Climate expert, Australian National University emeritus professor and Climate Council member Will Steffen speaks to Green Left about climate science and politics in the lead up to the COP26 United Nations climate summit in Glasgow.
Indigenous peoples from 30 villages in Hasdeo Aranya, the densely-forested region of central India, walked 300 kilometres in early October, to demand the protection of their water, forests and land against coalmining, reports Ruchira Talukdar.
A slew of anti-Indigenous legislation, escalating violence and the COVID-19 pandemic threaten the existence of Brazil’s original people, reports Nick Estes.
For the second year in a row, Colombia has been ranked the world’s most dangerous country for environmentalists by an international human rights group, reports Ian Ellis-Jones.
Almond plantations are guzzling so much water from the Murray Darling Basin that even the Almond Board of Australia wants new orchards to be put on hold until the water supply can be assured. Daniel Pedersen reports.
More and more US transnationals have opened up in Mexico over the past few decades, taking advantage of unfair trade agreements, super-exploitative labour conditions and cheap utilities, reports Tamara Pearson.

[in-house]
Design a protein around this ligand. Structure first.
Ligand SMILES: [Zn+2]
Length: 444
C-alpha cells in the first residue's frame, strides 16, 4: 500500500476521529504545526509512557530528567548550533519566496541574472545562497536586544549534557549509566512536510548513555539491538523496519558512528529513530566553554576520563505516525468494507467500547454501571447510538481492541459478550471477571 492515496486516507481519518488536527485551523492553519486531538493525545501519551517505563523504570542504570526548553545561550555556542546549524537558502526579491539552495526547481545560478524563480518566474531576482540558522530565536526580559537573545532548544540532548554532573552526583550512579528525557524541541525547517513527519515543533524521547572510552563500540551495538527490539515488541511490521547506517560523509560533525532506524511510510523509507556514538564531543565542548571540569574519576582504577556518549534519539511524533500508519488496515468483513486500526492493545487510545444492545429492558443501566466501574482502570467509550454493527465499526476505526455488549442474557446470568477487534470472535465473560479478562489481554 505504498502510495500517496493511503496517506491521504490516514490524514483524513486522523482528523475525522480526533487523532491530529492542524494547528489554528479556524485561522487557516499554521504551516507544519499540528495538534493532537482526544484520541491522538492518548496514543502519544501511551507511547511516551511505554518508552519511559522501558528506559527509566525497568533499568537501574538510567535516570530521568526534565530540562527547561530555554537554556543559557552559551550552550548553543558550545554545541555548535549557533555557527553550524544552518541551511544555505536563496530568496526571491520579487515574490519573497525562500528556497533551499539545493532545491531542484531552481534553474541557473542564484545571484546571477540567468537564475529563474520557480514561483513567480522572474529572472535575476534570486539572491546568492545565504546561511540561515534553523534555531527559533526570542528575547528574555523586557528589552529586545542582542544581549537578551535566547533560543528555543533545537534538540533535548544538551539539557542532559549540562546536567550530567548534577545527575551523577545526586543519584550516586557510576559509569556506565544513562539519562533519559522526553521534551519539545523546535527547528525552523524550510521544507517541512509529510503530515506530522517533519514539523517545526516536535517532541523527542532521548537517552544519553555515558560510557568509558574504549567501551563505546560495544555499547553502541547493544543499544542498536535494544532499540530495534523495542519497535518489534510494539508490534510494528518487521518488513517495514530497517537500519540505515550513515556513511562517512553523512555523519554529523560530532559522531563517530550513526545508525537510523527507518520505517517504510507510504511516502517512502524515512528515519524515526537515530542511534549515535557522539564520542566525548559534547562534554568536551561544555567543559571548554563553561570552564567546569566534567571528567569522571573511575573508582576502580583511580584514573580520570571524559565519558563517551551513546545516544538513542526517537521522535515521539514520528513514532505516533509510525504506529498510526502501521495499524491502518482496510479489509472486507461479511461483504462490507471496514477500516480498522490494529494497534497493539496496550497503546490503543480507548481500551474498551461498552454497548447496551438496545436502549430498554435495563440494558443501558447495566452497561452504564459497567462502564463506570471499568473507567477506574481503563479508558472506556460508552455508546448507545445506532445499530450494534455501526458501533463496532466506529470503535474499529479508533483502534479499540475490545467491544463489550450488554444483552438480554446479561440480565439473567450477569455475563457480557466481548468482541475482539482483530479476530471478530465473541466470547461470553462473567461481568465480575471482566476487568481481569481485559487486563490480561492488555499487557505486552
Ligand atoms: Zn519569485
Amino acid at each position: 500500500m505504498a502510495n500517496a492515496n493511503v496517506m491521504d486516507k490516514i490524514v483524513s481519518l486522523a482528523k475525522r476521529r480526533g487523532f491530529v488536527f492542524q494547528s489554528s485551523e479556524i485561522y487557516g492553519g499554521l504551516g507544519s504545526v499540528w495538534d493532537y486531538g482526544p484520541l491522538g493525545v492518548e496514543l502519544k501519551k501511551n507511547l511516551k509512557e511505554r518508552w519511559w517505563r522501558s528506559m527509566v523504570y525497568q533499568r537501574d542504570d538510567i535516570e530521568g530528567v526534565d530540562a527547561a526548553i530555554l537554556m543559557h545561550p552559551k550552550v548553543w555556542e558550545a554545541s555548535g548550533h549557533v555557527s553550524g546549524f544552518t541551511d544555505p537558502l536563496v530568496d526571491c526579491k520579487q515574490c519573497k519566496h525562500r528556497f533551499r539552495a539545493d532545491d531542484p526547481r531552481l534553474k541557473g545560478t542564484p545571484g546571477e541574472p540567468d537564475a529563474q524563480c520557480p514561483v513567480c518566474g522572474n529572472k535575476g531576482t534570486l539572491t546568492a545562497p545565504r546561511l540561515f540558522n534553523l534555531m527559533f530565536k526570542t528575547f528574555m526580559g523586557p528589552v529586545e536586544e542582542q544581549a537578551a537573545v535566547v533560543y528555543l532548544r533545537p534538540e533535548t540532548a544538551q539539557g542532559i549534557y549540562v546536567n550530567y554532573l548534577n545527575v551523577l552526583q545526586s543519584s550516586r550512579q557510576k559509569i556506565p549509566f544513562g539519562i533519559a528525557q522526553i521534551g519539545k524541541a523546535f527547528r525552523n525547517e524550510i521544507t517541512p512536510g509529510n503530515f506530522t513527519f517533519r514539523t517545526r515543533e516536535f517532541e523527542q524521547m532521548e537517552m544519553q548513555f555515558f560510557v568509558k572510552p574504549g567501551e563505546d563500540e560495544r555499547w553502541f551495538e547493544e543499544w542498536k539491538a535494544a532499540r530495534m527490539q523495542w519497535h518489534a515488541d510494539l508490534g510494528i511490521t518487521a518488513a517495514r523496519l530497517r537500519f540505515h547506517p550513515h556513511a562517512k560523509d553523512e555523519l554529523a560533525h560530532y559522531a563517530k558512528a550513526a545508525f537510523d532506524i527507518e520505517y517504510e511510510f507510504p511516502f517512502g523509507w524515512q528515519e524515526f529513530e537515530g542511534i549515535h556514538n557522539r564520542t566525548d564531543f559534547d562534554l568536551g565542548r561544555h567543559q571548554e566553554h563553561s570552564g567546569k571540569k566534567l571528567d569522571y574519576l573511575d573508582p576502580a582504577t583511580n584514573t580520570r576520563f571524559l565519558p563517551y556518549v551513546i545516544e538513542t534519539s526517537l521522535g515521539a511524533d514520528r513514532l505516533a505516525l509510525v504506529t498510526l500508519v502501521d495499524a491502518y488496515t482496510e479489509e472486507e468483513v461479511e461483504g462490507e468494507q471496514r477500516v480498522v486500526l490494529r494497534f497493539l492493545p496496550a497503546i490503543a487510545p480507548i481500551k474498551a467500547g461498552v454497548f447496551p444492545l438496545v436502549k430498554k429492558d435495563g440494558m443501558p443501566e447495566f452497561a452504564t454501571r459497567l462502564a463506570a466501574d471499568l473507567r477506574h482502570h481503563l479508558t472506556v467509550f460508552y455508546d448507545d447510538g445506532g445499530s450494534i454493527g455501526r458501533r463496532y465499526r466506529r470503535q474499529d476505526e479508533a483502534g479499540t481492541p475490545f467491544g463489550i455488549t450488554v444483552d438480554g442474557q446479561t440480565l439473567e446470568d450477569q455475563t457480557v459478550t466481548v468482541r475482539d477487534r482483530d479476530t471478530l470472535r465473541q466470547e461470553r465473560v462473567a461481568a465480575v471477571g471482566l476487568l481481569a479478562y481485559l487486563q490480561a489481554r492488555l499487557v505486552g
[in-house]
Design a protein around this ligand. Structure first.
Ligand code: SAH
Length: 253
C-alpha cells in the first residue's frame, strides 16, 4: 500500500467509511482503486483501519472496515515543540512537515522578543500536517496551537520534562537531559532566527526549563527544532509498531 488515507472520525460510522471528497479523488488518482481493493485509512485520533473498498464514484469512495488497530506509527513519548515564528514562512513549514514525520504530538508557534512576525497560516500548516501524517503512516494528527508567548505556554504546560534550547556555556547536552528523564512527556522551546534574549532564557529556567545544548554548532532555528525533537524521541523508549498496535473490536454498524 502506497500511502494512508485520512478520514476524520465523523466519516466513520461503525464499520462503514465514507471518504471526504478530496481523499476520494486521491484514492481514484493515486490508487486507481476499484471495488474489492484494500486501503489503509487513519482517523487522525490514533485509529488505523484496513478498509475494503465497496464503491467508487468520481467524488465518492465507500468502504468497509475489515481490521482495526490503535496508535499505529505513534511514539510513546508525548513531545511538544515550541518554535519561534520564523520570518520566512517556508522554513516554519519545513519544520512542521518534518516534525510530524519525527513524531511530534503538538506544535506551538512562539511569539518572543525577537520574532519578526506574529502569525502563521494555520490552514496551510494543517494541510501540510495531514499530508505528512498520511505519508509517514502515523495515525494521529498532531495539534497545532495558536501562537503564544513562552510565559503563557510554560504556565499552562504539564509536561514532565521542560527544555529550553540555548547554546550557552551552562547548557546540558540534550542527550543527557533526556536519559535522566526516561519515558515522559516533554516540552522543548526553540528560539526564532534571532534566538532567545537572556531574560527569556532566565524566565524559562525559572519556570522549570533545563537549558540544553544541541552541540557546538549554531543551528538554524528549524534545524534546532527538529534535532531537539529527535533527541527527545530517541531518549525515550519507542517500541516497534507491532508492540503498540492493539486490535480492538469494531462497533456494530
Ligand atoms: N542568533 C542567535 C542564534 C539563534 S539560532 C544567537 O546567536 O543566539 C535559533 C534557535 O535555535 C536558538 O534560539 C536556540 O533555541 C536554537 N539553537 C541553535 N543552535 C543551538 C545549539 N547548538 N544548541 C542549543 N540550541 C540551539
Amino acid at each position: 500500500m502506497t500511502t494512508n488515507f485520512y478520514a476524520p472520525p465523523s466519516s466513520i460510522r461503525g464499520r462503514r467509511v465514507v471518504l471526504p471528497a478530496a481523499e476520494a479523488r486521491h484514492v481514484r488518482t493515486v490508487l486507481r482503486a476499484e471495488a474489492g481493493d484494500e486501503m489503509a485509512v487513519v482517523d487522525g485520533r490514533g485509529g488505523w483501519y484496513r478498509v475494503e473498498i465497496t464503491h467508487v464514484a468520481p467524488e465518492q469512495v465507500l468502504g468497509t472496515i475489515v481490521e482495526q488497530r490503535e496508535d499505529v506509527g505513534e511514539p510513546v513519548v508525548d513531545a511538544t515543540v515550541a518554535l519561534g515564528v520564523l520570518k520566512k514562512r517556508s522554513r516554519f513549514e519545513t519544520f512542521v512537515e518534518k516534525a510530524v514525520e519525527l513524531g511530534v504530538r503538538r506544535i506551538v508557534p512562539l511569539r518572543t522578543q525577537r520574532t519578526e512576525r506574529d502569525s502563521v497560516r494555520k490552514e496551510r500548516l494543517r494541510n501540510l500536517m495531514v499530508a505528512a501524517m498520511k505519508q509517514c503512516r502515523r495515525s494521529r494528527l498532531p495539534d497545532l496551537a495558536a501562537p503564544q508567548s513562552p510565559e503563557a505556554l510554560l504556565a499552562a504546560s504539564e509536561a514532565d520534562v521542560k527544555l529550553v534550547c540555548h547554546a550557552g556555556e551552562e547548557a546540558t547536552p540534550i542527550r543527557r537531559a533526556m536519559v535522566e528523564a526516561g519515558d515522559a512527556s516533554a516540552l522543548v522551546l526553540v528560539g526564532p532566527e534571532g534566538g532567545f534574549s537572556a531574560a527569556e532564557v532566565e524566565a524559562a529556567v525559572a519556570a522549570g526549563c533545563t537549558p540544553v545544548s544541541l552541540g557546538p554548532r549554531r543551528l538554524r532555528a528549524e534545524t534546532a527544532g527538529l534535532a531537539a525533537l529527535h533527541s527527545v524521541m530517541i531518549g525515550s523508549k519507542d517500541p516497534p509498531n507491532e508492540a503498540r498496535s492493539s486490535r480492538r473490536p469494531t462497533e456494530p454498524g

The primary inspiration for The Red Deal was the People’s Agreement of Cochabamba, adopted at the World People’s Conference on Climate Change and the Rights of Mother Earth in 2010, writes Simon Butler.
The COVID-19 pandemic has worsened global food insecurity. An estimated 132 million more people have been tipped into acute malnutrition since the pandemic began, writes Barry Healy.
The IPCC's latest report should be a wake-up call to governments everywhere, but it's going to take more than science to force action by the biggest global emitters, writes Barry Sheppard.
The human cost of 1.5°C or even 2°C warming is unimaginable, with unprecedented numbers of people forced to relocate to escape its devastating impacts, writes Susan Price.
Climate and Capitalism editor Ian Angus presents A People’s Green New Deal, plus three new books on pandemics and two on the global food crisis.
Regional communities are facing three intertwining crises — ecological, economic and social — and governments have no real plans to assist, writes Elena Garcia in the preamble to a new document by Socialist Alliance.
The International Energy Agency has ruffled feathers by calling for no investment in new fossil fuel supply projects, writes Margaret Gleeson.
Western Sahara Solidarity Aotearoa and Extinction Rebellion successfully blockaded the headquarters of Ballance Agri-Nutrients on May 29, reports Kerry Smith.
Turkey’s system of huge dams is not just about irrigation and generating hydro-electric power, writes Sarah Glynn. It is a source of political power over the whole region.
King tides and climate change have become survival issues for the world’s coastal cities, writes Rob Pyne.